One downside I thought of when researching ICF was that people may be afraid of renovations with ICF. It wouldn't be easy to knock out a window and make it a door, or vice-versa. House-flippers wouldn't like ICF houses. Although, I did talk to a local builder that is doing an addition in ICF. The addition includes an indoor pool and other extras, but that addition will be the safest place to be. You can swim during a tornado warning. Even the windows are strong enough to withstand the wind gusts.



Overall, I am excited for more homes to use ICF. Especially in areas that experience tornadoes, fires, hurricanes and earthquakes. It's really up to homeowners to decide if they want to use it. Builders are willing to use it, but the market has to drive it. The more people that hear about it, the more we will be seeing it used. I'm excited!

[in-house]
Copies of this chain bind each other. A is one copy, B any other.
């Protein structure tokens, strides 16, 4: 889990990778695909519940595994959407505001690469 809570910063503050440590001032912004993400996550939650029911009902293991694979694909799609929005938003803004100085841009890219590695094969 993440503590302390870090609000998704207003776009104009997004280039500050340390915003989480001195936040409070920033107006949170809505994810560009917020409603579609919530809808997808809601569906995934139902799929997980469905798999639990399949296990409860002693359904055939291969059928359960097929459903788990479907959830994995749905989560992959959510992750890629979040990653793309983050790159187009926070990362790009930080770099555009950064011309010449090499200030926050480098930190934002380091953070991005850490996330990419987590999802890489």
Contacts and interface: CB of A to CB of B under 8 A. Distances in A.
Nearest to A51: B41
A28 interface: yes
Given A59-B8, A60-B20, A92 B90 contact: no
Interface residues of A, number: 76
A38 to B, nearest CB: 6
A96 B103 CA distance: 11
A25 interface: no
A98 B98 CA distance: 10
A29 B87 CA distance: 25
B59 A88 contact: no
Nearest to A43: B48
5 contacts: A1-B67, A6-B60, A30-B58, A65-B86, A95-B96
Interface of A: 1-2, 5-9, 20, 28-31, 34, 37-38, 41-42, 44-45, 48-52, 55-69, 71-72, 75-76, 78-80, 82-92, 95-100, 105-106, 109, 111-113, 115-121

4 comments:

  1. Your style of blog presentation is very attractive.The meaningful contribution of your mind reflects on those people who are looking for new ideas and informations regarding Insulated Concrete Forms (ICF.

    ICF

    ReplyDelete
    Replies
    1. Thank you, Grant! I love new technology. The more I learn, the more I like ICF.

      Delete
  2. Insulated Concrete Forms is not something we would use as an upgrade on our current house. Although, it could be used on an addition in ... cconcreteforms.blogspot.com

    ReplyDelete
    Replies
    1. Definitely agree. ICF is framing ... aka "the bones." Unless you tear the whole house down and start over, ICF is not the answer. We did have a house in town use ICF for their addition.

      Delete